Introduction to 3D With Svelte

Table of Contents

Introduction

By the end of this post you’re going to learn how to spice up your boring site using 3D with Svelte in the browser.

🧪 The project files are available on GitHub and you can try it on StackBlitz.

What Is Threlte?

Three.js is a popular 3D library for JavaScript that abstracts having to write low-level graphics code yourself and lets you create anything from immersive 3D experiences to games in your browser.

Threlte is a component library for Svelte to build and render Three.js scenes declaratively.

🐿️ You might have heard of other libraries such as Svelte Cubed and Svelthree but Threlte is most feature-complete and is even blessed by Rich Harris.

Using imperative code you have to specify each step to get to a desired outcome.

Take for example creating a <h1> element using JavaScript.

example.js
const titleEl = document.createElement('h1')
titleEl.innerText = 'Hello'
document.body.append(titleEl)

Using declarative code you just state the desired outcome.

+page.svelte
<h1>Hello</h1>

Learn Three.js

Three.js is powerful and might be intimidating if you’ve never done 3D or game development before but it’s worth learning as the knowledge you gain transfers to web development.

If you want to learn more about Three.js and 3D in general read Three.js fundamentals and you can use the Three.js editor to play around.

I want to emphasize that Threlte is a component library and isn’t trying to reimplent Three.js but sits on top of it.

The way you learn Three.js is from the Three.js documentation and then extend Threlte to do what you have to do.

Project Setup

I’m using a SvelteKit project with TypeScript (optional).

terminal
# initialize SvelteKit project
npm create svelte

# install dependencies
npm i

# start development server
npm run dev

Install Threlte and Three.js.

terminal
# dependencies
npm i @threlte/core @threlte/extras three

# TypeScript types
npm i -D @types/three

The next step is not that clear to me but from what I understand Vite ignores transforming dependencies when using SSR to speed things up but in this case you don’t want that.

vite.config.ts
import { sveltekit } from '@sveltejs/kit/vite'
import type { UserConfig } from 'vite'

const config: UserConfig = {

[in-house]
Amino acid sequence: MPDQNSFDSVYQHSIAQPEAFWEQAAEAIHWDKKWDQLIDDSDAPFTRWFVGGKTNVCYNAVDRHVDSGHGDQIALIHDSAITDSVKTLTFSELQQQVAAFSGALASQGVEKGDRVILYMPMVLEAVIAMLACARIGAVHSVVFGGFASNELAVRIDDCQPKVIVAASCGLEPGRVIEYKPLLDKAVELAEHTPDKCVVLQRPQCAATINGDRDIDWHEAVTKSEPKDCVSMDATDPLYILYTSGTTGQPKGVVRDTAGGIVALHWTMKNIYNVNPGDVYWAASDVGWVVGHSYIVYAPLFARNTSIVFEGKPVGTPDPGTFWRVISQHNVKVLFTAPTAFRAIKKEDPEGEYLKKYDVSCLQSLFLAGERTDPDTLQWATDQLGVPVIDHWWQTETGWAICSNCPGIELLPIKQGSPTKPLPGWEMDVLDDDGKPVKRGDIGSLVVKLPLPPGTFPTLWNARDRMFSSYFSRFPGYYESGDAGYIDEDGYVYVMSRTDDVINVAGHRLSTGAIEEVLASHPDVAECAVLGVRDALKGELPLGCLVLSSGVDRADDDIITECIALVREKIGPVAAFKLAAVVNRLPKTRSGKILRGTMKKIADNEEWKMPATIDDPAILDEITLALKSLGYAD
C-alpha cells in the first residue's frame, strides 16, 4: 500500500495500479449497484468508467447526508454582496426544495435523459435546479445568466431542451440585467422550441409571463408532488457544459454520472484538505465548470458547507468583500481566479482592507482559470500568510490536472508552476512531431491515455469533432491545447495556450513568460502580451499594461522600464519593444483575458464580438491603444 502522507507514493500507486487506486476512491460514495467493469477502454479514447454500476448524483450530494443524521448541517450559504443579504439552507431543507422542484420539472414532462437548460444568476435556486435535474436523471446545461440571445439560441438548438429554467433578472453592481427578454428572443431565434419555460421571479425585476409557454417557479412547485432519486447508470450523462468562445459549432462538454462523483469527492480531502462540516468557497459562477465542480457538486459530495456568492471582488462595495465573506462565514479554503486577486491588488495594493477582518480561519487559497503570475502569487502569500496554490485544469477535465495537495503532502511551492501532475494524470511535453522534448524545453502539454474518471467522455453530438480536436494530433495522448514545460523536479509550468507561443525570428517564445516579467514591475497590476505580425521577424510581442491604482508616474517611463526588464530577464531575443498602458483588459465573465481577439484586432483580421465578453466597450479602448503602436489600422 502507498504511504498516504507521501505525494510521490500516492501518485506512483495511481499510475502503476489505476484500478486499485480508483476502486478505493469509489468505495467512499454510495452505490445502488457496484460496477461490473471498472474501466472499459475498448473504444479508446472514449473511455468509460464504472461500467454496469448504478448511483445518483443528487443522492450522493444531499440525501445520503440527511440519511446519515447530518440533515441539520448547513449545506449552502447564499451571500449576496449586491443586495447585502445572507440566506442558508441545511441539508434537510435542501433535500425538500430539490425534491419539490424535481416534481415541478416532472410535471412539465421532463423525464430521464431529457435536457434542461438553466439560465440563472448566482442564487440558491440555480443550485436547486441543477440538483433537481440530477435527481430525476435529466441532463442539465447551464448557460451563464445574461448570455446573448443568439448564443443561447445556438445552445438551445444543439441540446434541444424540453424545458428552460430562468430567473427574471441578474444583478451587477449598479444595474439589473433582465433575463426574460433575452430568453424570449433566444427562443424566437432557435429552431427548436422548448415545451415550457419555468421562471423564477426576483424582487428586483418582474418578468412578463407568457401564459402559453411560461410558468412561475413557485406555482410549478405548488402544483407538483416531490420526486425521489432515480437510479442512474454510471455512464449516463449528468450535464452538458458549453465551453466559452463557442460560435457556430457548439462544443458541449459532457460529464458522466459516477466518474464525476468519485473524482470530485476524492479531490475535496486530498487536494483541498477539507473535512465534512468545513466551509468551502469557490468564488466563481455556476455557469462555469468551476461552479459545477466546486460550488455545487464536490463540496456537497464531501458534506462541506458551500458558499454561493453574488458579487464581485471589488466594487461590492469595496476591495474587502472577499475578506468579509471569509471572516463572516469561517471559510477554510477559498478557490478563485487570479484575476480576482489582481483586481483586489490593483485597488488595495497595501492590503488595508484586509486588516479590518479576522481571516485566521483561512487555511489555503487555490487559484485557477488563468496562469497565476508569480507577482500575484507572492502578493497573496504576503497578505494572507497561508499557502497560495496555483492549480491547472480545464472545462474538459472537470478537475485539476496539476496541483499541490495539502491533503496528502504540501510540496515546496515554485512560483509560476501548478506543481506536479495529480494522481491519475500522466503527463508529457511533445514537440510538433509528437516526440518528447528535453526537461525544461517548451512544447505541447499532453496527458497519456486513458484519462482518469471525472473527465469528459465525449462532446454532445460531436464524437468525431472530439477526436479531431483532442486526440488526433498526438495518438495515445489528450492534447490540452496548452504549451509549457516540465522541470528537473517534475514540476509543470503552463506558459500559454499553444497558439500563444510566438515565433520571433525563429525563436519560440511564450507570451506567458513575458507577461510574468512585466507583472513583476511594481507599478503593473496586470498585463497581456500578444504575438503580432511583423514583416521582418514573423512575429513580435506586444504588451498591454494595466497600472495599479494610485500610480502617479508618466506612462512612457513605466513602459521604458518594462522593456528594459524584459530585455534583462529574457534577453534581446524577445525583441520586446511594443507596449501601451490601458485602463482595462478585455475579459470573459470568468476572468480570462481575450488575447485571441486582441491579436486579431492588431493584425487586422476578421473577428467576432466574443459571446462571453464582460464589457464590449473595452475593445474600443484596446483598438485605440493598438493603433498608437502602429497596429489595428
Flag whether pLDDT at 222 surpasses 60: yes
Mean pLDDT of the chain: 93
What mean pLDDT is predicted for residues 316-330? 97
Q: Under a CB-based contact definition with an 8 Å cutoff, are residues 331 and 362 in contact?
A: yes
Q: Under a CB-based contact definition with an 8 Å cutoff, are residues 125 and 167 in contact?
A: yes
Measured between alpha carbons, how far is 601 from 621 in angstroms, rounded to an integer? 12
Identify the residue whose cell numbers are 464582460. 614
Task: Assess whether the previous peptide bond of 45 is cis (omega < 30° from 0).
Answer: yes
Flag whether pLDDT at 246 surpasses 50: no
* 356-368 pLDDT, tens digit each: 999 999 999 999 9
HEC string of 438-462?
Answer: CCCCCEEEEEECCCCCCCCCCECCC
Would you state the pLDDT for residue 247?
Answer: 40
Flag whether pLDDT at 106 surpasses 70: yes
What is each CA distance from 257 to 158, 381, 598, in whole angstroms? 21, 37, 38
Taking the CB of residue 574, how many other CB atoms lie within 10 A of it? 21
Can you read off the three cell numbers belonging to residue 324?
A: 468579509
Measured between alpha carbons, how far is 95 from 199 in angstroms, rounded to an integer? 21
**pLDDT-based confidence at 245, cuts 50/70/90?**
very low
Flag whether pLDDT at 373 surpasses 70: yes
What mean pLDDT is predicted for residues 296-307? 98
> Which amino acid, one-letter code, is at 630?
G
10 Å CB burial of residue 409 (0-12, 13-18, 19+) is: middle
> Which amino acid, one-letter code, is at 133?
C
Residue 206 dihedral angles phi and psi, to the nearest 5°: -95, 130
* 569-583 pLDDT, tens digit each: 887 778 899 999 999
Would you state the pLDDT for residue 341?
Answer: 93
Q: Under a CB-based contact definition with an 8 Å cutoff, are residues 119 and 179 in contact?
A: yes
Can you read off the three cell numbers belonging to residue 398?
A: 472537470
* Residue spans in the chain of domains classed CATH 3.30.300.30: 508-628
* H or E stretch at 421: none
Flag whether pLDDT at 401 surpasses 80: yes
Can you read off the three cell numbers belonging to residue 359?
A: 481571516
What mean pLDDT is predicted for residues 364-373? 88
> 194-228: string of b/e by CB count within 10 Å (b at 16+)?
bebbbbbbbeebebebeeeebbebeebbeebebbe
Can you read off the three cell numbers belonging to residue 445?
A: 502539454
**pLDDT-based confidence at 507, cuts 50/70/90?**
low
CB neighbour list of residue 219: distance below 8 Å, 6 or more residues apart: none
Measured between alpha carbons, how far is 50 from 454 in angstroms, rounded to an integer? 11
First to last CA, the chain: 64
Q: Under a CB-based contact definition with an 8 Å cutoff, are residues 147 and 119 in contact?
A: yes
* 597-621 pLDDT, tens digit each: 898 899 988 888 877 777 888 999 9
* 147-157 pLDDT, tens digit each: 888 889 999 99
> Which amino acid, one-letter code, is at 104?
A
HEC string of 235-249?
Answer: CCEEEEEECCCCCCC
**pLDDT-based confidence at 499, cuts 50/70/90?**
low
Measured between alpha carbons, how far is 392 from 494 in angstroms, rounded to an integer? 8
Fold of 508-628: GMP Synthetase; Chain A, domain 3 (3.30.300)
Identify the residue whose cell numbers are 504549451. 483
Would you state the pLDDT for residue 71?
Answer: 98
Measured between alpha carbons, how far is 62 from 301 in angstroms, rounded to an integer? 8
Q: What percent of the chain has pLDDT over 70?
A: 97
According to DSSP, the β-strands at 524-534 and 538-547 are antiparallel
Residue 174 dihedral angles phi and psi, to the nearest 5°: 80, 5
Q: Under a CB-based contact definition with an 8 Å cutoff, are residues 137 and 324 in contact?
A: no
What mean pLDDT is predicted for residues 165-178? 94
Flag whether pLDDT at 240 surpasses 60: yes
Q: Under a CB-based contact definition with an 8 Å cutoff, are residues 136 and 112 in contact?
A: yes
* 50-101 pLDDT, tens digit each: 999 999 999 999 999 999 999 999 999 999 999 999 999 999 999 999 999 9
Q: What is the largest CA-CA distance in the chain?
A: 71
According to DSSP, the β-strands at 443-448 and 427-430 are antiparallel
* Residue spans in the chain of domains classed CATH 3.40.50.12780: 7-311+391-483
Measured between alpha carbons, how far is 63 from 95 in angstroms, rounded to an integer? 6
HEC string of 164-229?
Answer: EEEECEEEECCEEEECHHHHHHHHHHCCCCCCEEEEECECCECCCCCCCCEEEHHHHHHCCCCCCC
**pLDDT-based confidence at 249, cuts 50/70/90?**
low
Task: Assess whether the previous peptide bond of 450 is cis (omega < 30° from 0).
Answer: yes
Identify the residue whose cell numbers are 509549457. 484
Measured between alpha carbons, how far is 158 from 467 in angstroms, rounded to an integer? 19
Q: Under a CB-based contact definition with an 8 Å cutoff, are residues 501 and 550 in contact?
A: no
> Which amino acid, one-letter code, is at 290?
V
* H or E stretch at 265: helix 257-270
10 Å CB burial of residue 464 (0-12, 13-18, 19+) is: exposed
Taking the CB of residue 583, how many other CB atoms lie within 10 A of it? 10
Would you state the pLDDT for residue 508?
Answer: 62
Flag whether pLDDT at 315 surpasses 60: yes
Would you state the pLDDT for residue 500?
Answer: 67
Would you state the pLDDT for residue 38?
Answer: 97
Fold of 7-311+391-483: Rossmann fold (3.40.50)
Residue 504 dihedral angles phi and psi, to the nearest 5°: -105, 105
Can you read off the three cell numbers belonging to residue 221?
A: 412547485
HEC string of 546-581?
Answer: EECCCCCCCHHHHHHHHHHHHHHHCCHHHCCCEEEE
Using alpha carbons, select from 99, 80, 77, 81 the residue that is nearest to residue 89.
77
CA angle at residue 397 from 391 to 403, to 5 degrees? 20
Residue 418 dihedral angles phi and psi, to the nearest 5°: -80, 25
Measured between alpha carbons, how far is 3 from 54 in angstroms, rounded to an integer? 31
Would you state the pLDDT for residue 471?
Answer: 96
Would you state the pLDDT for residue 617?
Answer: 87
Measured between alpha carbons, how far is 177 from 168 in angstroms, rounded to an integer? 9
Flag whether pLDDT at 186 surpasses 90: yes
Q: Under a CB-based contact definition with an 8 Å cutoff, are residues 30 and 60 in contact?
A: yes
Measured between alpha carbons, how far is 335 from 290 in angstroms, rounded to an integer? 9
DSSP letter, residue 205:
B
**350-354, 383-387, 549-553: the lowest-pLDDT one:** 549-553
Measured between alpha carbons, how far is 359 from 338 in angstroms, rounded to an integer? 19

plugins: [sveltekit()],
  ssr: {
    noExternal: ['three', 'troika-three-text'],
  },
}

export default config

Creating Your First Scene

Let’s start by adding a camera, some lights and a mesh to your scene.

+page.svelte
<script lang="ts">
  import * as Threlte from '@threlte/core'
  import * as Three from 'three'
  import * as Utils from 'three/src/math/MathUtils'
</script>

<div class="scene">
  <Threlte.Canvas>
    <!-- Camera -->
    <Threlte.PerspectiveCamera position={{ x: 20, y: 20, z: 20 }} fov={50}>
      <!-- Controls -->
      <Threlte.OrbitControls autoRotate />
    </Threlte.PerspectiveCamera>

    <!-- Lights the scene equally -->
    <Threlte.AmbientLight color="white" intensity={0.2} />

    <!-- Light that casts a shadow -->
    <Threlte.DirectionalLight
      color="white"
      intensity={2}
      position={{ x: 10, y: 10 }}
      shadow={{
        camera: { top: 8 },
      }}
    />

    <!-- Sphere -->
    <Threlte.Mesh
      geometry={new Three.SphereGeometry(4, 64, 64)}
      material={new Three.MeshStandardMaterial({ color: 'white' })}
      position={{ y: 4 }}
      receiveShadow
      castShadow
    />

    <!-- Floor -->
    <Threlte.Mesh
      geometry={new Three.PlaneGeometry(20, 20)}
      material={new Three.MeshStandardMaterial({
        color: 'white',
        side: Three.DoubleSide,
      })}
      rotation={{ x: Utils.DEG2RAD * 90 }}
      receiveShadow
    />
  </Threlte.Canvas>
</div>

<style>
  .scene {
    width: 100%;
    height: 100%;
    position: absolute;
    inset: 0;
    background: radial-gradient(hsl(220 14% 20%), hsl(220 20% 10%));
    background-attachment: fixed;
  }
</style>
3D scene of a sphere

Congrats on your first 3D scene in the browser! 🥳

I namespaced the imports because I find it’s easier to use <Threlte.Canvas> than typing <Canvas> and I know where it’s from in the case of Three.SphereGeometry instead of thinking about the import.

Let’s break things down:

  • The <Canvas> is where the magic happens and where things get rendered on the screen.
  • I’m using a <PerspectiveCamera> that’s slightly above the mesh with a set field of view
  • The <AmbientLight> is going to equally light your scene, think of it as cheap global illumination
  • The <DirectionalLight> is more like a sun in your scene that also casts a shadow (the shadow camera also has to be adjusted)
  • The sphere uses <Threlte.Mesh> where you can set the geometry and material for the mesh including casting shadows